A condemned 1960s staging of Shakespeare’s Twelfth Night has become the focal point for political resistance blogs and underground social network movements. The state, eager to suppress this dangerous mixture of nostalgia and dissent, commissions The Speaker, a once-radical theater producer now turned regime apologist, to mount a forensic reconstruction and public denunciation of the work. As The Speaker and his group of nonacting volunteers delve deeper into the “reconstruction” they find themselves increasingly engaged with the material they are supposed to be condemning. They soon discover-in the act of performance and the growing participation of their audience-a solidarity that transforms the gathering itself into an unequivocal act of defiance towards the state.
The Speaker’s Progress is the final part of writer, director, and performer Sulayman Al- Bassam’s Arab Shakespeare Trilogy; the second, Richard III: An Arab Tragedy, was presented at BAM’s Muslim Voices festival (Spring 2009). Created along with a core team of actors and artists from across the Arab world and Europe, this unique body of work charts a decade of Arab and Western political and social upheaval following the events of 9/11 to the current leaps for reform made by millions across the region.
Sulayman has put up a few clips of Speaker’s Progress, with surtitles. Some version of this show is coming to BAM and Boston’s ArtsEmerson this fall. (Sorry I can’t quite get the video to be the right width – working on it. Link here.)
Brooklyn June 11 was a lot of fun. The audience was pretty big, and full of people who asked smart questions and seemed really to like the show. So did NYT’s Ben Brantley. (And wrote a really perceptive review, I thought.)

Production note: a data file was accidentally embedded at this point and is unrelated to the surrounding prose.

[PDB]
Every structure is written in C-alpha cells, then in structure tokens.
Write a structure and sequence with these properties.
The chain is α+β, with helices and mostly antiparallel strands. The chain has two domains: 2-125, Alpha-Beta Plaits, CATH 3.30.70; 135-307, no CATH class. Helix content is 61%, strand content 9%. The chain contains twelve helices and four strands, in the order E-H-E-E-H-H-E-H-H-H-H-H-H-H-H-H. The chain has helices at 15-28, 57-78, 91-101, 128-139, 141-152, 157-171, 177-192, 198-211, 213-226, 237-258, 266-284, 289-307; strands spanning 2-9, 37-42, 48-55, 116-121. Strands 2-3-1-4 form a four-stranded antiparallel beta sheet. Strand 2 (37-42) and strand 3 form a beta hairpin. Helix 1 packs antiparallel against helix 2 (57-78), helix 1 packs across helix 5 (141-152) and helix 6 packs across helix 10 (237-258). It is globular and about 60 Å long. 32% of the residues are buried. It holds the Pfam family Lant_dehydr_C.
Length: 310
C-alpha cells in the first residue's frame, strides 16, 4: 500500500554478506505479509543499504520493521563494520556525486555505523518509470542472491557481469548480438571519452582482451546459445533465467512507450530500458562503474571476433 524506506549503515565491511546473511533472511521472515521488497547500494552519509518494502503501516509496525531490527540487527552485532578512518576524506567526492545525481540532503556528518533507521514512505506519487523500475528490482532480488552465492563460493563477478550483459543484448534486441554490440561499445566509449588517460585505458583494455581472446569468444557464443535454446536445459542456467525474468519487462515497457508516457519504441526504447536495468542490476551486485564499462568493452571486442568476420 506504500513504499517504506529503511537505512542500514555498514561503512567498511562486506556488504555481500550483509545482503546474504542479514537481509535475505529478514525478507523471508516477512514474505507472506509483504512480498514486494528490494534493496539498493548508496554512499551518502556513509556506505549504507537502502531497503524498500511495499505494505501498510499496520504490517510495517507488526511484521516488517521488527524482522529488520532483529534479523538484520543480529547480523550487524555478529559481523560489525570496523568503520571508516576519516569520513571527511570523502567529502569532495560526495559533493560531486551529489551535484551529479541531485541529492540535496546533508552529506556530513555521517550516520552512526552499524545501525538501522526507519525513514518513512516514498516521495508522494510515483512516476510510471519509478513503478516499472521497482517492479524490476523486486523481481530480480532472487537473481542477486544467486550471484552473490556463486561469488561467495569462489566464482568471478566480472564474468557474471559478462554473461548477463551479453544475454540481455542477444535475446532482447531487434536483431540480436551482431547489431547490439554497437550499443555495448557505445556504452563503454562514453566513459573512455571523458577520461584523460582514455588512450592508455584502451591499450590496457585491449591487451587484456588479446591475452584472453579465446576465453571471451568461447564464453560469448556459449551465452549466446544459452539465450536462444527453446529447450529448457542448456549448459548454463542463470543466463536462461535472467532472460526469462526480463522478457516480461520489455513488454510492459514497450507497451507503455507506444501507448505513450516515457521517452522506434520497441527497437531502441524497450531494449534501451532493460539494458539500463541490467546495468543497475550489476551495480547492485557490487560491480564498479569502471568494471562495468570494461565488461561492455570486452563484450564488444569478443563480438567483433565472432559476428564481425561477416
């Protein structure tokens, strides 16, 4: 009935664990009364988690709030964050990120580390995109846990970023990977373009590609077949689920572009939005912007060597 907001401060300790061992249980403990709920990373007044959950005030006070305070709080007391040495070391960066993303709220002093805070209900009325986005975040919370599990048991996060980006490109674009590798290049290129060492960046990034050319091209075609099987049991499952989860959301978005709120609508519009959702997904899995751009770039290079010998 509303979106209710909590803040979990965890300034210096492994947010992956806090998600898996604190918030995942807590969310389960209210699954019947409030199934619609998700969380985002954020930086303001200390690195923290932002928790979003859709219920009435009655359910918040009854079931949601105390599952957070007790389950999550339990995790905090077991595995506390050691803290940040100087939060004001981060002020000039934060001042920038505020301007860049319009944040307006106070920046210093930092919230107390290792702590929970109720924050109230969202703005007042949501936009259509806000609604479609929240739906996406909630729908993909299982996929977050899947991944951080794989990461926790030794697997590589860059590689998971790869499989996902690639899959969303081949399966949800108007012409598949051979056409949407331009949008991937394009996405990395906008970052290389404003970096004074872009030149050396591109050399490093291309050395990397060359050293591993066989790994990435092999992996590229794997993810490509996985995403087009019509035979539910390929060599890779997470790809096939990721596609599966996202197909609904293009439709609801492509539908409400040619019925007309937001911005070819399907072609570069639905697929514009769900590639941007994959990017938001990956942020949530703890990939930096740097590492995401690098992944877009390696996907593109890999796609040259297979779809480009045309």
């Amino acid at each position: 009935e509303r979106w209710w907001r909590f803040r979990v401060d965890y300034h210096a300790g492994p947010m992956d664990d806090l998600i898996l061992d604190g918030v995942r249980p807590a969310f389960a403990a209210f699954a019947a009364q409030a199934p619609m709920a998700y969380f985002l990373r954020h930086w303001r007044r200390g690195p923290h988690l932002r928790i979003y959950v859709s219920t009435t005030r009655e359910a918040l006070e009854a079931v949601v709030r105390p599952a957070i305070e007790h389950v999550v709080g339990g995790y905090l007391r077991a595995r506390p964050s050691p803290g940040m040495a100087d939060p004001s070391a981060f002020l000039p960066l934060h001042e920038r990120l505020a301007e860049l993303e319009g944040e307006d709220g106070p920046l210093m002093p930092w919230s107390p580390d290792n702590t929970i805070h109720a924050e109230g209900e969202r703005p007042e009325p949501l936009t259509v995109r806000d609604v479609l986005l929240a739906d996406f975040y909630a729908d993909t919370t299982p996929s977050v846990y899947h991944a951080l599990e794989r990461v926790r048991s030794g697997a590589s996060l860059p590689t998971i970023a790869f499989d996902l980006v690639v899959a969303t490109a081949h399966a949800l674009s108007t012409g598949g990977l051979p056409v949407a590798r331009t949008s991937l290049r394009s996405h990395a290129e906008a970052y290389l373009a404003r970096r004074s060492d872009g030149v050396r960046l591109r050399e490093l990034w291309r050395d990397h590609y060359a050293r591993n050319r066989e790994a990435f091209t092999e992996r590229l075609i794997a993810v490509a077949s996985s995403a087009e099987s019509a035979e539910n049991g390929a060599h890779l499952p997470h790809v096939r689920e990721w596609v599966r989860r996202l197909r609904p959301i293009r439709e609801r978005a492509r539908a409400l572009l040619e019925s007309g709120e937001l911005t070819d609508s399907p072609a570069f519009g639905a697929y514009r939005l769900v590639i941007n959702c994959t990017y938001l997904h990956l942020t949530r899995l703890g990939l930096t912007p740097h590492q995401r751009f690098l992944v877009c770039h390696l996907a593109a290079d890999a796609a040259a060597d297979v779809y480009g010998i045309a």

In 1935, Egypt’s future president Gamal Abdel Nasser starred in a production of Julius Caesar put on at his Cairo high school. He played Caesar as a liberating nationalist hero who defeated Great Britain.
It’s true! Check Georges Vaucher or Joel Gordon or any good Nasser biography.
Theatre preview capsule by Ben Brantley (NYT 6/5/09) http://www.nytimes.com/2009/06/07/arts/07weekahead.html Winters of discontent occur in even the sunniest climes. The Kuwaiti-born director SULAYMAN AL-BASSAM has relocated Shakespeare’s demonic Richard III to the Middle East, and this bloodiest of monarchs apparently feels gleefully at home in his new surroundings. Part of the Brooklyn Academy of Music’s “Muslim Voices: Arts and Ideas” festival, “RICHARD III: AN ARAB TRAGEDY,” which opens Tuesday at the Harvey Theater, was commissioned by the Royal Shakespeare Company as part of its 2007 Complete Works Festival. It has now arrived in the States (stopping off at the Kennedy Center in Washington this year) with its message of the utterly contemporary relevance of Shakespeare’s tale of a country raped and paralyzed by a charismatic sociopath. Mr. Bassam has written that “Richard III” has always fascinated him more as history than tragedy. The emphasis in his production, set in an unnamed Gulf emirate, is accordingly less on the psychology than the society of the crookback who would be king (who first appears under the name of Emir Gloucester, if you please). He is, Mr. Bassam says, “the twisted child of a demented history.” Arab music and ritual infuse this “Richard III,” which is performed in Arabic with English titles and seems guaranteed to summon images of the reign of Saddam Hussein and its chaotic aftermath. Tuesday through Friday, 651 Fulton Street, Fort Greene, Brooklyn, (718) 636-4100, bam.org; $25 to $45. [Will I see BB at the show? Will be sure to keep you posted. -ML]